Protect the Endangered Species Act From Dangerous Attacks

The ESA works because it's founded on science. Now, the Trump Administration is trying to weaken that foundation.

Photo: Proyecto Asis/Flickr

The Endangered Species Act (ESA), is a landmark piece of legislation designed to protect species on the brink of extinction - a law of last resort for endangered species. The law has succeeded because of its solid grounding in science. But Department of Interior Secretary Ryan Zinke is leading the efforts to dismantle the scientific basis of the law. This attempt to politicize the process and favor special interests is harmful to the country's health, safety, and sustainability.

The agencies tasked with ensuring species preservation—the US Fish and Wildlife Service (FWS) and the National Marine Fisheries Service (NMFS)—are proposing a rule to make listing decisions based on cost and remove considering climate change, which we know is already affecting species. This rule could undercut the scientific basis for the Endangered Species Act and weaken the law's effectiveness and integrity.

Species, land conservation, and human health and wellbeing are being forfeited, and science is being sidelined, for the sake of corporate and political interests. Protecting biodiversity is our responsibility, and each of us depends on the functioning natural ecosystems that make our lives possible.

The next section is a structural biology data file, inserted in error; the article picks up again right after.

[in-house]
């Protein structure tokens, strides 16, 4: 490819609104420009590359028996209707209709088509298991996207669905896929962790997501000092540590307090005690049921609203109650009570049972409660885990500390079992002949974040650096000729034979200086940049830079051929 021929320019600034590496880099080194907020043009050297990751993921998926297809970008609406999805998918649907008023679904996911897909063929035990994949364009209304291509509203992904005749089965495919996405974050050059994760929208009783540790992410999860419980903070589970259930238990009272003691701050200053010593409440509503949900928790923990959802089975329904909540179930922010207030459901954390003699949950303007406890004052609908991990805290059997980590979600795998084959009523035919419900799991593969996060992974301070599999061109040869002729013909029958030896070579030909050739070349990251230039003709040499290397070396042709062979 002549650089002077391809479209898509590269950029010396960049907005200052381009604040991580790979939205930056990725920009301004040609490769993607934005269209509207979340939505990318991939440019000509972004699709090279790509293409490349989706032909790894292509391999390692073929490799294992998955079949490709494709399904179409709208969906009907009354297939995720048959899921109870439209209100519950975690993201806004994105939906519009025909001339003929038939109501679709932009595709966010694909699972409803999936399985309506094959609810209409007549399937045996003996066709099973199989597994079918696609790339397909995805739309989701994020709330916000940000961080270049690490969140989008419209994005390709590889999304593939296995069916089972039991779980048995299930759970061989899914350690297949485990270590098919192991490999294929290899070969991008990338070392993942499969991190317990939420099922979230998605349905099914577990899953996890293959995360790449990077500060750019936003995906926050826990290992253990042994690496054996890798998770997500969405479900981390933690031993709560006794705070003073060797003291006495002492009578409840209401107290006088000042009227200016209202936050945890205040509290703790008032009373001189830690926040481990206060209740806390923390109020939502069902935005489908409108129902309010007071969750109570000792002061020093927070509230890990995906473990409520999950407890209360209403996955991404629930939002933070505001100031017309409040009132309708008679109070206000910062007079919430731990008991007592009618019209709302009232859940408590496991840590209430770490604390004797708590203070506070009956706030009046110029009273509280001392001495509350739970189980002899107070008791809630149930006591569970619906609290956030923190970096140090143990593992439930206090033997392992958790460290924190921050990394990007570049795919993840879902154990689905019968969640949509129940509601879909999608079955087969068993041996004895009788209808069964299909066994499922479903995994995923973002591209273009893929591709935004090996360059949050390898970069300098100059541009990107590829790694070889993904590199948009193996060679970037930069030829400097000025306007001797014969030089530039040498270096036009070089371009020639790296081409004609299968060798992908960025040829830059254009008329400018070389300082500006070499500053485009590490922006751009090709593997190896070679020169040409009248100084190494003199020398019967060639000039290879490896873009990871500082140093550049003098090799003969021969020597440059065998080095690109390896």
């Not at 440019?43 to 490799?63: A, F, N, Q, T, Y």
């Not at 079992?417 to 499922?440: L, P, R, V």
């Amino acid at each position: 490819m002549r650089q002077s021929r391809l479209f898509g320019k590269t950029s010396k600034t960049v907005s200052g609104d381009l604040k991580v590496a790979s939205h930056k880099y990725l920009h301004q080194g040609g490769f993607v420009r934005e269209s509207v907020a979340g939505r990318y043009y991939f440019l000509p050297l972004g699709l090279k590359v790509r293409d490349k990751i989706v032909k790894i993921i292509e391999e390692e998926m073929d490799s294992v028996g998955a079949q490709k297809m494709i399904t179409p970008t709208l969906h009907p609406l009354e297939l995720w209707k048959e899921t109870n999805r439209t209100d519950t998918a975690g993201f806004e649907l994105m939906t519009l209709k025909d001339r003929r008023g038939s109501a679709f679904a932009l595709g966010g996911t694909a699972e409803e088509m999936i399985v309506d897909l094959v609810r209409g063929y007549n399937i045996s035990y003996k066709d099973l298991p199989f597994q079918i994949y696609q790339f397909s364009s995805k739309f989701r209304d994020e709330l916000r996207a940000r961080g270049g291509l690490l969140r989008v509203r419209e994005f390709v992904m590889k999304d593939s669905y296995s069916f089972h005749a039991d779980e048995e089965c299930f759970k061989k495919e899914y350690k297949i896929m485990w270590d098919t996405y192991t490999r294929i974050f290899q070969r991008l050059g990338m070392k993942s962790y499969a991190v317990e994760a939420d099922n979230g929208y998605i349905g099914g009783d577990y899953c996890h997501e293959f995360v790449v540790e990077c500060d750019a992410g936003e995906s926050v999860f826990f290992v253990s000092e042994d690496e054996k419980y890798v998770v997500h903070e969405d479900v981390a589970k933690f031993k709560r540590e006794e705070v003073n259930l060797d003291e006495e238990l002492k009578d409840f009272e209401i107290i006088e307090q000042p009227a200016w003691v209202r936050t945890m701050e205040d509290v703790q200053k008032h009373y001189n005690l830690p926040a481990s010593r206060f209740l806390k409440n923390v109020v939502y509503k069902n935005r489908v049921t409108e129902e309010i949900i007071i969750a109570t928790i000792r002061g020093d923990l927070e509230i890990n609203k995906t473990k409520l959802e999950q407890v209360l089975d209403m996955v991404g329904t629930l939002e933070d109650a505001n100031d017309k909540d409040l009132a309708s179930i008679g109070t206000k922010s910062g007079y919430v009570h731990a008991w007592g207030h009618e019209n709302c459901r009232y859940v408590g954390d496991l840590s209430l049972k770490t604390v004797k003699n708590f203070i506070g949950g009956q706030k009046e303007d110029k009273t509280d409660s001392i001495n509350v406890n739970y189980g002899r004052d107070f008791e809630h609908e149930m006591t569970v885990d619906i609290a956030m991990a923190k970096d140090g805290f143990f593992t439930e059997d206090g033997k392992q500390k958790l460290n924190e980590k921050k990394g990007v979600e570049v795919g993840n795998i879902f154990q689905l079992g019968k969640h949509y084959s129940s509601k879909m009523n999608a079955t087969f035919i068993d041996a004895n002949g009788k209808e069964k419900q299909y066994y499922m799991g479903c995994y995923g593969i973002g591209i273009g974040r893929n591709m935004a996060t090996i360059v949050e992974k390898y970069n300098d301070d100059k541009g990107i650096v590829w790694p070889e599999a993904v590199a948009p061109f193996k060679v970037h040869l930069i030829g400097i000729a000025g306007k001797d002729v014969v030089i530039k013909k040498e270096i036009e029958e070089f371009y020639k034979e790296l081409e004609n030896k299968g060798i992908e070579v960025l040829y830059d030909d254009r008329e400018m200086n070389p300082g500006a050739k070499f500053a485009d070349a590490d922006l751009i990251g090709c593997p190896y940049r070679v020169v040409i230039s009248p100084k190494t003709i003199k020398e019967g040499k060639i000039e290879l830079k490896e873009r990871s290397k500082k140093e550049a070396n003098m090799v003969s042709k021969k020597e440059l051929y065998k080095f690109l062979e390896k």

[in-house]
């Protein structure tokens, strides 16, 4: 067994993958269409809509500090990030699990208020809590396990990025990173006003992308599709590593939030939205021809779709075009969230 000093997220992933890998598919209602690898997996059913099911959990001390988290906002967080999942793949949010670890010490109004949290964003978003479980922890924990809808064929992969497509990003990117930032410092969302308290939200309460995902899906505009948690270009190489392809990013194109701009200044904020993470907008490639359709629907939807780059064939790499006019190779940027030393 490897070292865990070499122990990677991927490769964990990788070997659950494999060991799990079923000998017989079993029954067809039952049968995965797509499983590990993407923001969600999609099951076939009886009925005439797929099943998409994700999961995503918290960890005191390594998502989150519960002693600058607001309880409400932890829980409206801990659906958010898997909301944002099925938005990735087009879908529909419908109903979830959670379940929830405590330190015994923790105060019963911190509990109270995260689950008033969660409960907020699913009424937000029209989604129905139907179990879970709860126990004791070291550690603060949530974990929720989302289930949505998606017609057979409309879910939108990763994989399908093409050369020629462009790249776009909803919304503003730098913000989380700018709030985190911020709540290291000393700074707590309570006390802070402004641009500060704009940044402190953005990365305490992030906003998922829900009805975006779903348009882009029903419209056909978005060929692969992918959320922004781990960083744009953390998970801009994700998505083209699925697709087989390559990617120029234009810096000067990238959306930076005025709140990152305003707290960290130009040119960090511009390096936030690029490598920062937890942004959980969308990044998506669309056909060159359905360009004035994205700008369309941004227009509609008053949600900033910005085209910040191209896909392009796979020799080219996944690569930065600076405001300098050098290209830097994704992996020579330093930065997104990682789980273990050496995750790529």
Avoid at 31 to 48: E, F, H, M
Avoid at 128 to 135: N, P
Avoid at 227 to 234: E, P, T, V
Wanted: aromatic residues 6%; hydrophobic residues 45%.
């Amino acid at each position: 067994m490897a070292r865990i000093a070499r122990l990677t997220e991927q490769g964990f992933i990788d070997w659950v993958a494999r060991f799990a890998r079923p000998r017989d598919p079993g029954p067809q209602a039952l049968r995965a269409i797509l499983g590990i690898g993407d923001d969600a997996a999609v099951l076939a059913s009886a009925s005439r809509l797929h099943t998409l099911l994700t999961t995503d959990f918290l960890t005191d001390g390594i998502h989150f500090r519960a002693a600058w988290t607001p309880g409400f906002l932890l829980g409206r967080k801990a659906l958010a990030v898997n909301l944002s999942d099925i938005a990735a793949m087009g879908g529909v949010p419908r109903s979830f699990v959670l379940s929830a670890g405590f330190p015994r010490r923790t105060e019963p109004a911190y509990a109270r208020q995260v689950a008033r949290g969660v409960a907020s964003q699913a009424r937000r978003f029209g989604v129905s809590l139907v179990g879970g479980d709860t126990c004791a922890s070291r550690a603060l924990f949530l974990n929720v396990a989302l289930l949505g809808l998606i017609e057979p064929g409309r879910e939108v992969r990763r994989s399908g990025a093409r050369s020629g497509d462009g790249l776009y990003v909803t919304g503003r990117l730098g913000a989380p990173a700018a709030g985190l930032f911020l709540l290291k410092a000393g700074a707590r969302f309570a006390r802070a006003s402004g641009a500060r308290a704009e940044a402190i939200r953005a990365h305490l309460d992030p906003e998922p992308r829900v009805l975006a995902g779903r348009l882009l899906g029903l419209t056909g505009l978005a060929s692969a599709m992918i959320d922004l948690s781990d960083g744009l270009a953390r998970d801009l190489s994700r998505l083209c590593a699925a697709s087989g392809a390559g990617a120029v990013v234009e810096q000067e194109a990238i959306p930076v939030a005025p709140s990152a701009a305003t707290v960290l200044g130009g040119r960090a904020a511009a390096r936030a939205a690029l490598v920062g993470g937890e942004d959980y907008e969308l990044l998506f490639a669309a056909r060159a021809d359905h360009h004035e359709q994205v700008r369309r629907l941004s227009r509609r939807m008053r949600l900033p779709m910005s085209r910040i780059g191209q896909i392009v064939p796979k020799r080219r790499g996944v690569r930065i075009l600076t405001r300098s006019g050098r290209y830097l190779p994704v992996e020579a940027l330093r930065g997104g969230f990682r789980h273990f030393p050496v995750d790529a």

Take action now!

You have an opportunity to provide input and shape the outcome of these proposed changes during the open comment period.

Add your name to a public comment that calls on the FWS and NMFS to protect endangered species, land, and human well-being and not go forward with the proposed changes to the Endangered Species Act. Click here to add your name.

A closer look:

The Endangered Species Act is effective because it relies on the best available science to protect our nation's species from extinction and to preserve the healthy ecosystems that support us all. Using the best available scientific resources as the law was designed to do, we have prevented the irreversible destruction of many species and their habitats. In fact, this landmark, bipartisan law has succeeded in preventing 99 percent of listed species from going extinct and led to the recovery of iconic species such as the American alligator, bald eagle, and grizzly bear.

The proposed rule, “Endangered and Threatened Species: Listing Species and Designating Critical Habitat,” jointly issues by FWS and NMFS, aims to sideline science and the public interest in favor of special interests gains for oil and gas development by including cost and removing potential climate change impacts from consideration in listing species.

The proposal to inject "economic considerations" when listing species as threatened or endangered, instead of making it a purely scientific decision, puts the listing process at elevated risk for politicization. Further, the proposal to prohibit the agencies from exploring climate change-related factors—such as drought, habitat loss, and heat impacts—would completely constrain the agencies' ability to do their job of fully understanding "foreseeable future" consequences on a species' endangerment.

This isn't just about animals, this is about respecting the role of science in how we make choices that affect species, land, and people.

Want to do more?